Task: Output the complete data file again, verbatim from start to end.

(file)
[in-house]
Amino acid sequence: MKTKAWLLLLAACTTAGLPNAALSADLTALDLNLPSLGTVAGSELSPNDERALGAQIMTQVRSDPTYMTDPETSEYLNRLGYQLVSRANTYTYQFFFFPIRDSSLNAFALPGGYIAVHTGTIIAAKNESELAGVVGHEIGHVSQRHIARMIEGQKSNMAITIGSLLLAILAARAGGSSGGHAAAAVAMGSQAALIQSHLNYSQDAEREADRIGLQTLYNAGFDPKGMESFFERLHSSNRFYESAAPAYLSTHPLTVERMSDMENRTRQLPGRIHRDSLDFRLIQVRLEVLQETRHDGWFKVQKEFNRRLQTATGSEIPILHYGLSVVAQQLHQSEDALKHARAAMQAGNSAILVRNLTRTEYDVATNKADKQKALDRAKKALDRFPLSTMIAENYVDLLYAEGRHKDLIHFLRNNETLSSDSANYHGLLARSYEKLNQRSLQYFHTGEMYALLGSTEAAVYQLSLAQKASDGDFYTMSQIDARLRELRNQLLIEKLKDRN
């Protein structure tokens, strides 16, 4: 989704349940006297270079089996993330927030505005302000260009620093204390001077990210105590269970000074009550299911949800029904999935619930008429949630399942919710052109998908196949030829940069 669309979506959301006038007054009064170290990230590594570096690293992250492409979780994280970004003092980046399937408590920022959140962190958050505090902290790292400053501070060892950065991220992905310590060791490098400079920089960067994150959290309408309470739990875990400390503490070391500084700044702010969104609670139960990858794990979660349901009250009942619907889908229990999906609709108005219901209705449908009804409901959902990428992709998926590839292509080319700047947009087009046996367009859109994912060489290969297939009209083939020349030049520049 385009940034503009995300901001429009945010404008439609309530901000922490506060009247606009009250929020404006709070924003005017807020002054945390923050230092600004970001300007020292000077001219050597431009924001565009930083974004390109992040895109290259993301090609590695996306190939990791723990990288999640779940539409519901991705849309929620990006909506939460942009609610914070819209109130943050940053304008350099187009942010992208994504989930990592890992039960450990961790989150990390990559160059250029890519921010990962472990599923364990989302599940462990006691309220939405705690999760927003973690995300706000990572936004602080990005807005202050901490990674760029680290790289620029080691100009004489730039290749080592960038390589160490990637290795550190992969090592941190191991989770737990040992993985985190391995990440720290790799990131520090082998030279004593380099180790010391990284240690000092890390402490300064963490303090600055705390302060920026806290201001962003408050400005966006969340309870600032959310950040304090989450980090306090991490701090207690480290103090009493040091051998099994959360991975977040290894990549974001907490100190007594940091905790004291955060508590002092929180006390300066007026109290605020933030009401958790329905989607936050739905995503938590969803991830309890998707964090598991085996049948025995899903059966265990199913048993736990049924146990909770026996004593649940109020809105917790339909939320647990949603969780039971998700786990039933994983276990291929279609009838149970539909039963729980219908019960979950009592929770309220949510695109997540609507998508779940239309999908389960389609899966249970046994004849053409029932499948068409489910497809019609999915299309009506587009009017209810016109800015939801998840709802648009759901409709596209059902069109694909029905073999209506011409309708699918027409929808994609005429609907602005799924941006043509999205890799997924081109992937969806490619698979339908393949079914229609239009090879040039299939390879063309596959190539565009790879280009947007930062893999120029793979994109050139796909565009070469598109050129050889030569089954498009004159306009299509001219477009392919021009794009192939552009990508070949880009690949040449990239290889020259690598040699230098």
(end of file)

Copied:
[in-house]
Amino acid sequence: MKTKAWLLLLAACTTAGLPNAALSADLTALDLNLPSLGTVAGSELSPNDERALGAQIMTQVRSDPTYMTDPETSEYLNRLGYQLVSRANTYTYQFFFFPIRDSSLNAFALPGGYIAVHTGTIIAAKNESELAGVVGHEIGHVSQRHIARMIEGQKSNMAITIGSLLLAILAARAGGSSGGHAAAAVAMGSQAALIQSHLNYSQDAEREADRIGLQTLYNAGFDPKGMESFFERLHSSNRFYESAAPAYLSTHPLTVERMSDMENRTRQLPGRIHRDSLDFRLIQVRLEVLQETRHDGWFKVQKEFNRRLQTATGSEIPILHYGLSVVAQQLHQSEDALKHARAAMQAGNSAILVRNLTRTEYDVATNKADKQKALDRAKKALDRFPLSTMIAENYVDLLYAEGRHKDLIHFLRNNETLSSDSANYHGLLARSYEKLNQRSLQYFHTGEMYALLGSTEAAVYQLSLAQKASDGDFYTMSQIDARLRELRNQLLIEKLKDRN
């Protein structure tokens, strides 16, 4: 989704349940006297270079089996993330927030505005302000260009620093204390001077990210105590269970000074009550299911949800029904999935619930008429949630399942919710052109998908196949030829940069 669309979506959301006038007054009064170290990230590594570096690293992250492409979780994280970004003092980046399937408590920022959140962190958050505090902290790292400053501070060892950065991220992905310590060791490098400079920089960067994150959290309408309470739990875990400390503490070391500084700044702010969104609670139960990858794990979660349901009250009942619907889908229990999906609709108005219901209705449908009804409901959902990428992709998926590839292509080319700047947009087009046996367009859109994912060489290969297939009209083939020349030049520049 385009940034503009995300901001429009945010404008439609309530901000922490506060009247606009009250929020404006709070924003005017807020002054945390923050230092600004970001300007020292000077001219050597431009924001565009930083974004390109992040895109290259993301090609590695996306190939990791723990990288999640779940539409519901991705849309929620990006909506939460942009609610914070819209109130943050940053304008350099187009942010992208994504989930990592890992039960450990961790989150990390990559160059250029890519921010990962472990599923364990989302599940462990006691309220939405705690999760927003973690995300706000990572936004602080990005807005202050901490990674760029680290790289620029080691100009004489730039290749080592960038390589160490990637290795550190992969090592941190191991989770737990040992993985985190391995990440720290790799990131520090082998030279004593380099180790010391990284240690000092890390402490300064963490303090600055705390302060920026806290201001962003408050400005966006969340309870600032959310950040304090989450980090306090991490701090207690480290103090009493040091051998099994959360991975977040290894990549974001907490100190007594940091905790004291955060508590002092929180006390300066007026109290605020933030009401958790329905989607936050739905995503938590969803991830309890998707964090598991085996049948025995899903059966265990199913048993736990049924146990909770026996004593649940109020809105917790339909939320647990949603969780039971998700786990039933994983276990291929279609009838149970539909039963729980219908019960979950009592929770309220949510695109997540609507998508779940239309999908389960389609899966249970046994004849053409029932499948068409489910497809019609999915299309009506587009009017209810016109800015939801998840709802648009759901409709596209059902069109694909029905073999209506011409309708699918027409929808994609005429609907602005799924941006043509999205890799997924081109992937969806490619698979339908393949079914229609239009090879040039299939390879063309596959190539565009790879280009947007930062893999120029793979994109050139796909565009070469598109050129050889030569089954498009004159306009299509001219477009392919021009794009192939552009990508070949880009690949040449990239290889020259690598040699230098």